Queensland rediscover spirit as low-energy NSW pay price for hubris

Nathan Cleary did not shine in the first two Origins but his importance to the NSW team was obvious early in game three when it became clear the Blues attack was a shadow of the team that piled on 76 points in the first two matches. Queensland were vastly improved in winning 20-18 and saving the state’s dignity but it was New South Wales who lost the match and the opportunity for a rare clean sweep.

There was a touch of hubris in selecting Jack Wighton and Mitchell Moses in the halves for the Blues. Brad Fittler spoke of the importance of chasing the sweep but his actions spoke far louder than his words. Selecting Wighton, who has been poor this year for a severely underperforming Raiders side, and Moses, who has traditionally struggled in big games and big moments, were arrogant selections.

The Blues had won the opening two games on a club combination that boasted a creative running five-eighth and an organising halfback with a brilliant kicking game. Souths pair Cody Walker and Adam Reynolds were the obvious replacements. Form dictated the Rabbitohs duo should play but Fittler opted for loyalty, that characteristic which cost the Blues so badly for a generation, plumping for bench player Wighton and his former Lebanon No 7 Moses.

The result was a disjointed, disconnected and dispiriting Blues attack. Wighton could not pass a ball. Moses looked scarily similar to maligned Blues No 7 Mitchell Pearce with a predictable and unthreatening kicking game. Centres Tom Trbojevic and Latrell Mitchell saw precious little clean ball compared to the opening two games. Trbojevic was a non-factor in the opening half and only inserted himself into the game when he started taking middle runs. Latrell Mitchell scored the opening try of the match but rarely saw much ball from a run-focussed Wighton, who left Mitchell estranged when free with minutes remaining.

Credit, of course, must go to Queensland. Despite a shambolic series of misdemeanours and blunders in the opening two games, the Maroons took to game three with significantly more energy and a far cleaner game plan.

Coach Paul Green certainly selected a far more threatening team. Kalyn Ponga was a far more potent fullback option than Valentine Holmes who, despite his own protestations, is a premier winger. The key selection call though was starting Ben Hunt at hooker. Not picked in the opener, Hunt was used off the bench in the second game before a man of the match showing in the third.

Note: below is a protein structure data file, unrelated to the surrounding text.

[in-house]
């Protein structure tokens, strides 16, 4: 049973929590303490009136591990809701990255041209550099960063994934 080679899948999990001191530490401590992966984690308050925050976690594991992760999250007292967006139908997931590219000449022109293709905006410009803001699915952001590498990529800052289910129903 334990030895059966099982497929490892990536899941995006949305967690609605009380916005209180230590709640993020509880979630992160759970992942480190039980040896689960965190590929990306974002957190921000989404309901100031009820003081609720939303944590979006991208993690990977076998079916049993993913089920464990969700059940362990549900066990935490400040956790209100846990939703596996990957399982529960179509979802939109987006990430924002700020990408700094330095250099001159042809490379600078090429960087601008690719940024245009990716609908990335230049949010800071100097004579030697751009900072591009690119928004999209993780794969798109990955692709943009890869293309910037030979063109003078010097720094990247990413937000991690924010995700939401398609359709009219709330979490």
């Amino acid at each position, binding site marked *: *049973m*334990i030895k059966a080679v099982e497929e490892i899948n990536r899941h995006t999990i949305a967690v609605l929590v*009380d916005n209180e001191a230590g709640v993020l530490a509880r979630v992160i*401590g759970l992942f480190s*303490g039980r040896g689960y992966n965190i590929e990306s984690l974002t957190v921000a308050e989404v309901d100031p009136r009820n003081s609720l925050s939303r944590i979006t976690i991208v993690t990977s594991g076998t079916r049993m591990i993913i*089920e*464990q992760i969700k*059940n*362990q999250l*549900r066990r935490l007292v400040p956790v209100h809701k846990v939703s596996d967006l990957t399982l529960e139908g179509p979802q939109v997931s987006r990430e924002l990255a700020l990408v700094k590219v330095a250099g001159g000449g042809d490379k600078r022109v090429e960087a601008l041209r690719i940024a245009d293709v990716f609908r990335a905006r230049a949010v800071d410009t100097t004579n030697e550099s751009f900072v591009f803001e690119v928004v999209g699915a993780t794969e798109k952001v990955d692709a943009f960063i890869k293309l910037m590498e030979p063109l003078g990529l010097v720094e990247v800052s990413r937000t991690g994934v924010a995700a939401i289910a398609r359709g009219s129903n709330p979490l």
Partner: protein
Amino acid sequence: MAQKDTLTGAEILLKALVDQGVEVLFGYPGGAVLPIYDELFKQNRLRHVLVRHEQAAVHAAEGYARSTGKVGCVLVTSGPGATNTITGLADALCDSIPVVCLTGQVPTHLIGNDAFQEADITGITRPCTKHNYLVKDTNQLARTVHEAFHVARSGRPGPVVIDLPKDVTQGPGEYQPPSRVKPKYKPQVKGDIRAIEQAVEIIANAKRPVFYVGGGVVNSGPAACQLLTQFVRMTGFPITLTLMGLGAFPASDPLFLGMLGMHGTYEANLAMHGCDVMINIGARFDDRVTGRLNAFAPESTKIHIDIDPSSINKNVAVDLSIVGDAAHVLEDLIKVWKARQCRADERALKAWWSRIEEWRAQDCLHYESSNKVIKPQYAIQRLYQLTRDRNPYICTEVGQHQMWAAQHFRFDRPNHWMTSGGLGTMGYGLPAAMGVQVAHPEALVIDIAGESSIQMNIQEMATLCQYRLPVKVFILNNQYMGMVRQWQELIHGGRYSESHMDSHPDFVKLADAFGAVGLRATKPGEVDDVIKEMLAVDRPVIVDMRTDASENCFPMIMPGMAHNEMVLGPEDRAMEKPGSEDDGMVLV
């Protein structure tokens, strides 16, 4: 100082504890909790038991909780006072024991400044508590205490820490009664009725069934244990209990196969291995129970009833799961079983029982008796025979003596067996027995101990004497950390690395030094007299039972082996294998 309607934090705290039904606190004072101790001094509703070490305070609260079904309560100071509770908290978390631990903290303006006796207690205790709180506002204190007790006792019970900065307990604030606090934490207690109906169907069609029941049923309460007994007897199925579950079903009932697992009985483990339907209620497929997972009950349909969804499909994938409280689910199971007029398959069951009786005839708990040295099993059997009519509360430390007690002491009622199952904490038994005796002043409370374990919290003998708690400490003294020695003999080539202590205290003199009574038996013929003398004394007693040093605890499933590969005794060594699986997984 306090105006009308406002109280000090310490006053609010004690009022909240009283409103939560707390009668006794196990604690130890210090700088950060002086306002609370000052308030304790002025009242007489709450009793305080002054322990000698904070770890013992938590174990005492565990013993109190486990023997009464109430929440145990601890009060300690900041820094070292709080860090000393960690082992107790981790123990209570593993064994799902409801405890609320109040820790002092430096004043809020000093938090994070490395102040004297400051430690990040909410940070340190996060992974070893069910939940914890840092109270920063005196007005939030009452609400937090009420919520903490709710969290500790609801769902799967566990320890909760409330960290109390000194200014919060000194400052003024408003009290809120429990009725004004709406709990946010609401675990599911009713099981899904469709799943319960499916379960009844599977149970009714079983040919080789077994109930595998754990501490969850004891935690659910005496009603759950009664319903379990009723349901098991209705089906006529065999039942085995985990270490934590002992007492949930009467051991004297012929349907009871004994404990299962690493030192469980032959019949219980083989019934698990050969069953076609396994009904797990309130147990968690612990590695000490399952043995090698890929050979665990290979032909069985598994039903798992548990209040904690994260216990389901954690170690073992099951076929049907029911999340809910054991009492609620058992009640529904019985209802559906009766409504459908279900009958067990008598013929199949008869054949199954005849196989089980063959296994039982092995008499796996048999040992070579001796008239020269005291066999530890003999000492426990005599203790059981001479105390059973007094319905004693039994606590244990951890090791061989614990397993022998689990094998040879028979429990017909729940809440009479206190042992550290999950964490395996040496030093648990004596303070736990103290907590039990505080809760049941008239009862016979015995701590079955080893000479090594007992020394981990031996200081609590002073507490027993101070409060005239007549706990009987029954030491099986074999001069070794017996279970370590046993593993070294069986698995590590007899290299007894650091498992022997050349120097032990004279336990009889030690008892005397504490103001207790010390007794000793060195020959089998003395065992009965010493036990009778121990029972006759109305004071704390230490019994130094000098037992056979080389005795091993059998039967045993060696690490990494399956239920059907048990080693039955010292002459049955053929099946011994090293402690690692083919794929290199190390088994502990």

Hunt was magnificent on Wednesday night. His two tries were excellent and in the end decisive but it was the little things that stood him out. Hunt did not run a lot but was prepared to when the opportunity arose. He made 41 tackles. His two kicks were quality.

It was that heart, that Queensland spirit that was missing in the opening two games, that proved crucial. The Maroons seized on their opportunities but they did not get it all their own way. They had just 46% of the ball. They were beaten in kick return metres, post contact metres and tackle breaks. They had a slower play-the-ball speed. They missed more tackles and forced fewer dropouts.

It did not matter. When Queensland had a half-opportunity, they took it. New South Wales certainly did not, missing chance after chance on the back of a low-energy performance and an uncreative attack.

The impact referee Gerard Sutton had was again significant and underlined that Origin is officiated differently from the NRL – and that the crackdown on foul play has well and truly ended. There was a never-ending string of set restarts but there was never a threat of a sin bin. The 10 metres was small, if being generous. Most restarts were awarded early in sets.

While a dead rubber win is a dead rubber win, this meant plenty to not only Queensland but to the Origin concept. The Maroons did not lose the opening two games, they were decimated. It seemingly had the state turning on itself, desperately looking for a scapegoat in a manner rarely seen north of the Tweed before. The win and the series result will simmer tensions, release pressure and provide hope. There is something to grasp hope on in 2022. That is important.

New South Wales deservedly won the series. They left something special on the table though and that will sit with them for a long while.